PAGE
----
‘I knew it was serious when I heard the blues and twos’: Stroke survivor tells his story

Steve Clark at Headway
Steve Clark at Headway

A previously fit and healthy man who had a cold over Christmas suffered a severe stroke days later.

Steve Clark’s life changed completely on December 28, 2010, when he was just 45 years old.

The Aylesbury man recalls: “I was fit and healthy but had a bit of a cold over Christmas, just a normal winter cold, when I woke up in the morning and felt as if I had a migraine. I had a bad headache and was feeling very rough.

“I can’t remember what happened next but I remember ambulance people coming to cart me off, being carried downstairs and put into an ambulance. I knew it was pretty serious when they did the ‘blues and twos’ to the hospital. It was very surreal at the time thinking this is happening.

“They said if I didn’t undergo surgery, I would be dead by the morning. They gave me less than 50 per cent chance of surviving the operation.”

Mr Clark, who spent 18 weeks in hospital before being able to go home, is urging other survivors of brain injury to join him at charity Headway Aylesbury Vale which helped him regain his confidence after his health was shattered.

He can now only walk very short distances with a frame or stick because of paralysis to the left side of his body. He has also lost 40 per cent of his vision and suffers from epilepsy.

He said: “This could happen to anyone. I immediately lost all of my independence and am reliant on people to take me everywhere.

“I have carers twice a day – morning and evening – and cannot easily walk and dress myself.”

Mr Clark, who has a 16 year-old daughter and 11-year-old son, had to give up his steady job as a motor insurance loss adjustor and claims investigator after the stroke, and his wife has a part-time job to help look after the family.

He admits: “If you are at home, you get lonely and scared.”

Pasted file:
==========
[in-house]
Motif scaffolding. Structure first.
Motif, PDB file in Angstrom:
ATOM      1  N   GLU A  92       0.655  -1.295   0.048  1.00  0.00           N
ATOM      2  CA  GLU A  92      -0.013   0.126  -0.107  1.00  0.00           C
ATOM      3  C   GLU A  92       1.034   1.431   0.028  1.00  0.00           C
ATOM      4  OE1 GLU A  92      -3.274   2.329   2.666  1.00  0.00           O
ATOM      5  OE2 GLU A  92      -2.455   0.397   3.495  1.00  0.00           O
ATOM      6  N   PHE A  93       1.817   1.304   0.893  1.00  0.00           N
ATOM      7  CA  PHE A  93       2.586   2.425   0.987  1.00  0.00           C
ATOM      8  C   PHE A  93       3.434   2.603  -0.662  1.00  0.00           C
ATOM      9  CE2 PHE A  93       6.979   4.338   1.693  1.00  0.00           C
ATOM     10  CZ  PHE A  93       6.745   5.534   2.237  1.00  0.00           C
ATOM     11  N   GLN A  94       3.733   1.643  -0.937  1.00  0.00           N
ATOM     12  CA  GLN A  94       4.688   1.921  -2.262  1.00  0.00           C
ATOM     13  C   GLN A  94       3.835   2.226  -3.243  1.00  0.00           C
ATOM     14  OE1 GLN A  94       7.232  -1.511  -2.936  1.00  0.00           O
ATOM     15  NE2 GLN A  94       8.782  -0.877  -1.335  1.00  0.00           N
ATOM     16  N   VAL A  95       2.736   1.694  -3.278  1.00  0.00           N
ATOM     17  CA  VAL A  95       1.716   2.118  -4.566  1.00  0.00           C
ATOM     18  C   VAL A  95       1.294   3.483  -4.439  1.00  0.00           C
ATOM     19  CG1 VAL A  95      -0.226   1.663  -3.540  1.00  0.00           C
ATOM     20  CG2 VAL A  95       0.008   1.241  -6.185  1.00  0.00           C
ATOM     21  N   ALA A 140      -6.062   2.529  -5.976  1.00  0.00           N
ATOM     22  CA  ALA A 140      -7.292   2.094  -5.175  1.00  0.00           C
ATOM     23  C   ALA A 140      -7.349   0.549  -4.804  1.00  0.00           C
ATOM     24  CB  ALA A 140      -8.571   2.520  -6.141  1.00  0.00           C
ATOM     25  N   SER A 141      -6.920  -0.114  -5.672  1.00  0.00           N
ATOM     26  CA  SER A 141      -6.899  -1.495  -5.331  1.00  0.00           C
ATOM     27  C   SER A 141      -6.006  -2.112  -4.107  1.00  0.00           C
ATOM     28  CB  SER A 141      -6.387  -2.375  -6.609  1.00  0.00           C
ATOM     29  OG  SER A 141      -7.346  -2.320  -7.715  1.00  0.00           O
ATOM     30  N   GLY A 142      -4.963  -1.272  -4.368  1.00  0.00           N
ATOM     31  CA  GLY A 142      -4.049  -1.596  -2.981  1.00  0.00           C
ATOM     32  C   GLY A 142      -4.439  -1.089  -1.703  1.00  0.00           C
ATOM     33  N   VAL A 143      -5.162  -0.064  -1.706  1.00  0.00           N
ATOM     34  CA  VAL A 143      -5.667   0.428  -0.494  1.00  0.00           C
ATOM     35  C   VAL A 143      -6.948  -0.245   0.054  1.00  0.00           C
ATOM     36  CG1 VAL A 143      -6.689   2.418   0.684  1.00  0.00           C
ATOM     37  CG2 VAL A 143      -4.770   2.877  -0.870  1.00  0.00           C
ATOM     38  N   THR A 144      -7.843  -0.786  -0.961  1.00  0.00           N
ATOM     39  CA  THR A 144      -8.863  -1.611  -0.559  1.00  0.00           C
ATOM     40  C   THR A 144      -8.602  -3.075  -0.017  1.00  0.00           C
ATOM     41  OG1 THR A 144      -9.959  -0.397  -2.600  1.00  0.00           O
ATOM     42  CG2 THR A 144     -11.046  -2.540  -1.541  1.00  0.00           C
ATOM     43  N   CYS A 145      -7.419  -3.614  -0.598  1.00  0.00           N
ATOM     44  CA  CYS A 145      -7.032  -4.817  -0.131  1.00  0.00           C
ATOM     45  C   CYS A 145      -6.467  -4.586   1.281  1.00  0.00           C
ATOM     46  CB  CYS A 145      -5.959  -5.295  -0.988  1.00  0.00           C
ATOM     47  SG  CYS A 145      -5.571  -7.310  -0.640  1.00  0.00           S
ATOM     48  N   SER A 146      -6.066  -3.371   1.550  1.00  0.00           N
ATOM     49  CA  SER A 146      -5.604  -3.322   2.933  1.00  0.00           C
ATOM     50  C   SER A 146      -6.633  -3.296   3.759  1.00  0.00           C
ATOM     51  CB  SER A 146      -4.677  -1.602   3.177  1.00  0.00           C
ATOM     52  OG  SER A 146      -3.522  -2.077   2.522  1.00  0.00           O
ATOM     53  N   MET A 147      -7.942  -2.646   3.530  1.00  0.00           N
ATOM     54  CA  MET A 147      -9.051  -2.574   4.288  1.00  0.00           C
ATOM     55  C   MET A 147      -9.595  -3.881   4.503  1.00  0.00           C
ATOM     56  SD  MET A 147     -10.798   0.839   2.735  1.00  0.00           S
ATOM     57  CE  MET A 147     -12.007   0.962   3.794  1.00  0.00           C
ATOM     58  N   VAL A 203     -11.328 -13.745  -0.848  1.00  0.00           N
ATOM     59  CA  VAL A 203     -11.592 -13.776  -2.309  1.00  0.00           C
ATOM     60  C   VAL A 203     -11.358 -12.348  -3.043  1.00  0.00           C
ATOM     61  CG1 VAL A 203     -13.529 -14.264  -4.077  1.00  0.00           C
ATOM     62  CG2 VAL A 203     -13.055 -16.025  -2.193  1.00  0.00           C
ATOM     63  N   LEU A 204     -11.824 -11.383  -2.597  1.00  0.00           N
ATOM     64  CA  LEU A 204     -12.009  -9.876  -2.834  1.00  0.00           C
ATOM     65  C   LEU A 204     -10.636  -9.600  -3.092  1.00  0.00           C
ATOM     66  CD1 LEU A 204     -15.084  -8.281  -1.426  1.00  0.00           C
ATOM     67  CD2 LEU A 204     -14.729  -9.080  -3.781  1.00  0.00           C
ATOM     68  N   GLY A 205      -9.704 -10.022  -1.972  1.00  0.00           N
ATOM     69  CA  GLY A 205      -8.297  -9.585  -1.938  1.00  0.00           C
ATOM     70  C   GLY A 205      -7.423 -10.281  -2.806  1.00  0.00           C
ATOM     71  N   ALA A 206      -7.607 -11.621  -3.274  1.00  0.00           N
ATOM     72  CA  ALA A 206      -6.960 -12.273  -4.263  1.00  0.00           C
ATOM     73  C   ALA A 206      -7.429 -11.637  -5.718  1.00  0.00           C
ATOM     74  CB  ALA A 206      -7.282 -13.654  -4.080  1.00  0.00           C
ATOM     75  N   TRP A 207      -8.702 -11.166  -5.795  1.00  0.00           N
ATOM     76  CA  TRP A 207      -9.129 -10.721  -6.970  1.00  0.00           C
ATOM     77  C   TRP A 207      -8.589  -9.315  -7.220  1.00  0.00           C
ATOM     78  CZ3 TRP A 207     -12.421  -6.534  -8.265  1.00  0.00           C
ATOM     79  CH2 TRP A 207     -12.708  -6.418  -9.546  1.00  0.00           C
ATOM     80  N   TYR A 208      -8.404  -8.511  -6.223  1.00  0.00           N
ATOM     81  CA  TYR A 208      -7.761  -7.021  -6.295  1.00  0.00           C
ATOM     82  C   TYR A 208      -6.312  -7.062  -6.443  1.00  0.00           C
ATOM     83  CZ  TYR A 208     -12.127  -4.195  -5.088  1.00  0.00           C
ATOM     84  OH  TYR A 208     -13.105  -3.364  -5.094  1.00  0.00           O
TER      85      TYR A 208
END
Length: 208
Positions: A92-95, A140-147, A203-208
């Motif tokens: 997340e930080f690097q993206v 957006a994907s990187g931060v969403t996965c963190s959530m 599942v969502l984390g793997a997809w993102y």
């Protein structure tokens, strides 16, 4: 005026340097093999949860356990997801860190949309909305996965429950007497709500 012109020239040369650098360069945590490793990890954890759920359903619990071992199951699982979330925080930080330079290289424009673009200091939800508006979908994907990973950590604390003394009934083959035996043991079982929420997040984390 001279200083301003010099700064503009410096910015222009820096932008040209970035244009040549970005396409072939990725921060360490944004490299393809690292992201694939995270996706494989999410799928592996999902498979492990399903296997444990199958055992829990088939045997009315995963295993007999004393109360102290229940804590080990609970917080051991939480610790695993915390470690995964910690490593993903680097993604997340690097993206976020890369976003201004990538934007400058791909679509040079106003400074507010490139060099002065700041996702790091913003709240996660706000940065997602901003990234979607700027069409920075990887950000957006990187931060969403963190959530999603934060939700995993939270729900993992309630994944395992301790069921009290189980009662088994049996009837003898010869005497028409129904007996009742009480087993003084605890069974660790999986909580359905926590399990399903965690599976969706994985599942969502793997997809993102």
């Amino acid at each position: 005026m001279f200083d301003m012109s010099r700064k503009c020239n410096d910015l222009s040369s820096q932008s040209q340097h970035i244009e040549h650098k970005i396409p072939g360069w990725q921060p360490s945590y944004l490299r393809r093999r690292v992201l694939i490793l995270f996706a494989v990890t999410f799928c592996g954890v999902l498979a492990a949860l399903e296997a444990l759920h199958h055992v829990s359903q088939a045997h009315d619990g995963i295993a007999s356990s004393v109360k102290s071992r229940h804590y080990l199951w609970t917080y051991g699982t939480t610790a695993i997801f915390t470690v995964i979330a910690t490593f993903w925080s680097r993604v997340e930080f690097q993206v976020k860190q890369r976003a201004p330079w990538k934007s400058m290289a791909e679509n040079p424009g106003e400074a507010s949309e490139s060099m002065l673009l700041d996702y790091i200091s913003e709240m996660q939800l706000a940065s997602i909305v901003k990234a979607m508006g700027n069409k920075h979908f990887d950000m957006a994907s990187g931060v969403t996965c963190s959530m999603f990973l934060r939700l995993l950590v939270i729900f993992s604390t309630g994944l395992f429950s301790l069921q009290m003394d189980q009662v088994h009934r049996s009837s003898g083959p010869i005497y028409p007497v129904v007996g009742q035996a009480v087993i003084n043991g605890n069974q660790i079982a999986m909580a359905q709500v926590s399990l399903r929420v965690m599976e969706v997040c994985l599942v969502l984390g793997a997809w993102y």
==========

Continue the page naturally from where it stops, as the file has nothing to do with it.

But he credits Headway for the huge help it has given him since he joined a year after his stroke.

“I come here to socialise and meet other people who have had head trauma, so we can discuss what we have been through and we can help each other,” he said. “This shows you are not alone.

“People need to be aware of the services Headway offers and the help they can give people with brain injury. I have met a lot of friends coming here.”

Headway is currently open on Monday and Wednesdays in Wedgewood Street, Fairford Leys. Mr Clark attends both days.

When he’s there, he plays Scrabble, enjoys creative writing, drawing, discussions, drinking tea and socialising. “I would come every day if I could,” he said.

Headway hopes in future to offer services across the entire week. Currently there are between 15 and 20 people who attend each week, but the charity believes there are some 1,500 acquired brain injury survivors in Aylesbury Vale alone.

Wife Vera, 46, says her husband’s stroke meant that overnight their previous happy, normal busy family life disintegrated.

“This has put a massive strain on our family and changed our lives completely,” she said. “I am more of a carer than a wife.”

She said Headway was a ‘Godsend’.

“He went for two days a week and it gave me a bit more time for myself. But now it’s not enough,” she said.

She and Steve would love Headway to be able to extend so it could open more days a week.

“He loves it and socialises there,” she said.

“He even went out bowling the other week with Headway. It was so nice. If he could go there every day, I would love it.”